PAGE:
Information for Patients and Families
Is cancer hereditary?
Everyone can potentially develop cancer in their lifetime. As we get older, the cells that line our organs are damaged by environmental factors, such as diet, lifestyle and aging.
Over time, this damage adds up and can lead to cancer diagnosis. This defines most cases of cancer, which we call sporadic (happens by chance). A smaller number of cancers are explained by a hereditary factor (something running in a family) that increases one’s risk of cancer.
We’ll cover the basics of the hereditary cancer condition called Constitutional Mismatch Repair Deficiency or CMMRD, including cancers associated with CMMRD, background genetics and the testing process.
What is Constitutional Mismatch Repair Deficiency?
CMMRD (Constitutional Mismatch Repair Deficiency) is very rare genetic condition which increases a person’s risk of developing cancer at very young ages, starting in childhood.
Constitutional means both copies of the gene are affected.
Mismatch Repair refers to the types of genes impacted.
Deficiency means “not working.”
What types of cancer are seen in CMMRD?
The main types of cancers seen in children with CMMRD are brain and central nervous system, blood (lymphoma and leukemia) and digestive tract cancers (colon, small bowel).
Individuals affected with CMMRD may also develop small growths in the digestive tract called polyps, and if not removed, that can develop into cancer.
There have been reports of other types of cancers in CMMRD, but these are the most common.
What causes CMMRD?
CMMRD is hereditary, meaning that it can be passed down from parents to child through genes. Genes carry instructions to help our body work properly. There are two copies of every gene, one you inherit from mom and the other from dad.
There are five genes currently associated with BMMRD. These genes are known as mismatch repair genes or MMR genes, because they repair any genetic mismatches that can happen when our cells grow and divide. If they don’t work properly, a cell may grow out of control, which results in cancer.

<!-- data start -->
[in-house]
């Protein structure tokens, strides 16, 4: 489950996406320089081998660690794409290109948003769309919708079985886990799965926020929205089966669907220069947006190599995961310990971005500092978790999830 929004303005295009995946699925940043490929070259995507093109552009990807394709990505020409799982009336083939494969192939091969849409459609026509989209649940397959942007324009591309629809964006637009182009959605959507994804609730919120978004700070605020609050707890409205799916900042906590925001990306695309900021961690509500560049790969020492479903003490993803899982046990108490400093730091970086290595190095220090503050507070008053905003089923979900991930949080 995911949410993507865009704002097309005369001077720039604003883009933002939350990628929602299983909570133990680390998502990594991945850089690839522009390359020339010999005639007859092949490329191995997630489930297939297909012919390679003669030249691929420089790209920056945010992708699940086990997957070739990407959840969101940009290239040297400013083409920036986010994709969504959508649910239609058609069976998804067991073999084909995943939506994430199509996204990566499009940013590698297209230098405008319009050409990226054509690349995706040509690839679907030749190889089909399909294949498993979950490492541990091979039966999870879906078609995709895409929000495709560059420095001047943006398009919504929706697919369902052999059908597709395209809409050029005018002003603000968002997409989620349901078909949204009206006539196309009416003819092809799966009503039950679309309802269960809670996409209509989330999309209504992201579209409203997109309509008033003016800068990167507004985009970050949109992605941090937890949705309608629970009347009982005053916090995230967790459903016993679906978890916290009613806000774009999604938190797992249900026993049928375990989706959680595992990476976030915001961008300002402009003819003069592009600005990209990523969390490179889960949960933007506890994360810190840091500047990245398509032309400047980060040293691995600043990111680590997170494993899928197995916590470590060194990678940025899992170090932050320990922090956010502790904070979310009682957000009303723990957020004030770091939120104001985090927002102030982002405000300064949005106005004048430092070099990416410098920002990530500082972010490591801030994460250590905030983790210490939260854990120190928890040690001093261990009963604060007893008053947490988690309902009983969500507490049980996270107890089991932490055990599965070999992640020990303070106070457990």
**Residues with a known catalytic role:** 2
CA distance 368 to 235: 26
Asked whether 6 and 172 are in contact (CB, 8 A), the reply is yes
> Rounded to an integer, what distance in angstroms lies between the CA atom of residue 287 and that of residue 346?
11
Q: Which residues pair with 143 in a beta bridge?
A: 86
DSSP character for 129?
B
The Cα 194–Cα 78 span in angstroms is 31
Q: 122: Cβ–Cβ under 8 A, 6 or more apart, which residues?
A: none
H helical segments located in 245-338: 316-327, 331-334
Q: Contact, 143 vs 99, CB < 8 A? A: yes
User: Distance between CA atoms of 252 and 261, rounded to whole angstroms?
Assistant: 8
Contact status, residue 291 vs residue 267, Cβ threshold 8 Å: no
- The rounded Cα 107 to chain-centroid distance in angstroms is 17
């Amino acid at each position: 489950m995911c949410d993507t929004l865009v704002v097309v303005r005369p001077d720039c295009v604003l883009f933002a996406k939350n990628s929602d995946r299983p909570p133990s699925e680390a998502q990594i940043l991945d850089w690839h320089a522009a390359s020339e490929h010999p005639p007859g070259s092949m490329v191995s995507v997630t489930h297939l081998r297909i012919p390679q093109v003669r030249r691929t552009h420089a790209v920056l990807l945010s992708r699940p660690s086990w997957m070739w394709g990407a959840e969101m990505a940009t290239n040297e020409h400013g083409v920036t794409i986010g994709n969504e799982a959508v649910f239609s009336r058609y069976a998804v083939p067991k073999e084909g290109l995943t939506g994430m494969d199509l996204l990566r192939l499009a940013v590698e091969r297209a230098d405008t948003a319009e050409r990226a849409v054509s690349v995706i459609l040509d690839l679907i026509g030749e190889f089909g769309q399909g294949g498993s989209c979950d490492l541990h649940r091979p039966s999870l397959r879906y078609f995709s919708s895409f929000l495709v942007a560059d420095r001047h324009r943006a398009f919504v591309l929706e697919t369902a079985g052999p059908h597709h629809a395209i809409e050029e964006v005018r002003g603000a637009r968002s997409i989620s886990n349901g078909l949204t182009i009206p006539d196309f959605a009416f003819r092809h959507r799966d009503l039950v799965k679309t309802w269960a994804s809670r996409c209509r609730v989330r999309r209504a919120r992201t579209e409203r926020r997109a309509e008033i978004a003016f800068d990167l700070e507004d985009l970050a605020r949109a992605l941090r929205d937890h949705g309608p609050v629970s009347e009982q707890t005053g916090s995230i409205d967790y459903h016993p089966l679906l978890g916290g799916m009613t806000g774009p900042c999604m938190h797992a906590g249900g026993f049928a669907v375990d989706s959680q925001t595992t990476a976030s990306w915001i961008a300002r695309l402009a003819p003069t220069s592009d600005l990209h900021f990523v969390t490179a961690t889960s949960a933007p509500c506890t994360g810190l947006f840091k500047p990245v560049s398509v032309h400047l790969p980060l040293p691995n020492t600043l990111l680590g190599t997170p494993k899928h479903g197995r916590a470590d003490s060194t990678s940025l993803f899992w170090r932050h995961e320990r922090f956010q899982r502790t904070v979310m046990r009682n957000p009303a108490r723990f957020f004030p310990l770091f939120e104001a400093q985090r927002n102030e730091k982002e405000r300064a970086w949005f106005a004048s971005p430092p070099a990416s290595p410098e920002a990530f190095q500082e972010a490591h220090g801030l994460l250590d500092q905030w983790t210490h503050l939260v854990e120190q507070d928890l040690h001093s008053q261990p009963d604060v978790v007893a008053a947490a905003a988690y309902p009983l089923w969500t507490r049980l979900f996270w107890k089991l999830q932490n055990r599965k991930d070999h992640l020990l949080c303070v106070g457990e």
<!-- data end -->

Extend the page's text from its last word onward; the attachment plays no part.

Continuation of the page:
The five mismatch repair (MMR) genes are:
What’s the relationship between CMMRD and Lynch syndrome?
We know that a person with CMMRD has mutations in both copies of their mismatch repair (MMR) genes – one they inherited from mom and the other from dad. This means both mom and dad have a mutation in one copy of their mismatch repair (MMR) gene.
Having a mutation in one copy of the MMR gene causes a genetic condition called Lynch syndrome or LS.
Individuals with Lynch syndrome are at higher risk to develop colorectal and endometrial (womb) cancer in adulthood. Other types of digestive, urinary tract and ovarian cancers have been seen in Lynch syndrome patients, but they are much rarer.
Even though both parents have Lynch syndrome (which was probably running through generations of the family), most CMMRD families do not have a strong history of cancer.
Since both child and parents have different genetic conditions, cancer screening and surveillance recommendations are tailored to reduce the chance of developing cancer.
How is CMMRD inherited?
If both parents have Lynch syndrome, there is a 25% chance to pass on CMMRD with each pregnancy. This is called autosomal recessive inheritance.
There is also a 50% chance for each pregnancy to inherit Lynch syndrome (like mom and dad) and a 25% chance to inherit no MMR mutation.
How does genetic testing work?
A person referred to a genetics clinic will be asked to give family history and all medical information. If a family is suspected of having CMMRD, genetic testing may be offered.
Steps in genetic testing for CMMRD
- Look at tumor samples. Most tumors associated with CMMRD show special characteristics. If these characteristics are seen, then we move on to the second step: genetic testing using a blood sample.
- Genetic testing looks for a mutation in one of the five genes that are known to be associated with CMMRD. If mutations are found in both copies of the gene, then CMMRD is confirmed. At that point, relatives can be tested to see if they have CMMRD, Lynch syndrome or no MMR mutation.
Sometimes the testing process does not find a mutation in a family. In these cases, we may not be able to confirm or rule out a hereditary cancer syndrome. Still, we may be highly suspicious based on the types of cancers reported, the preliminary tumour test result and features like café-au-lait macules.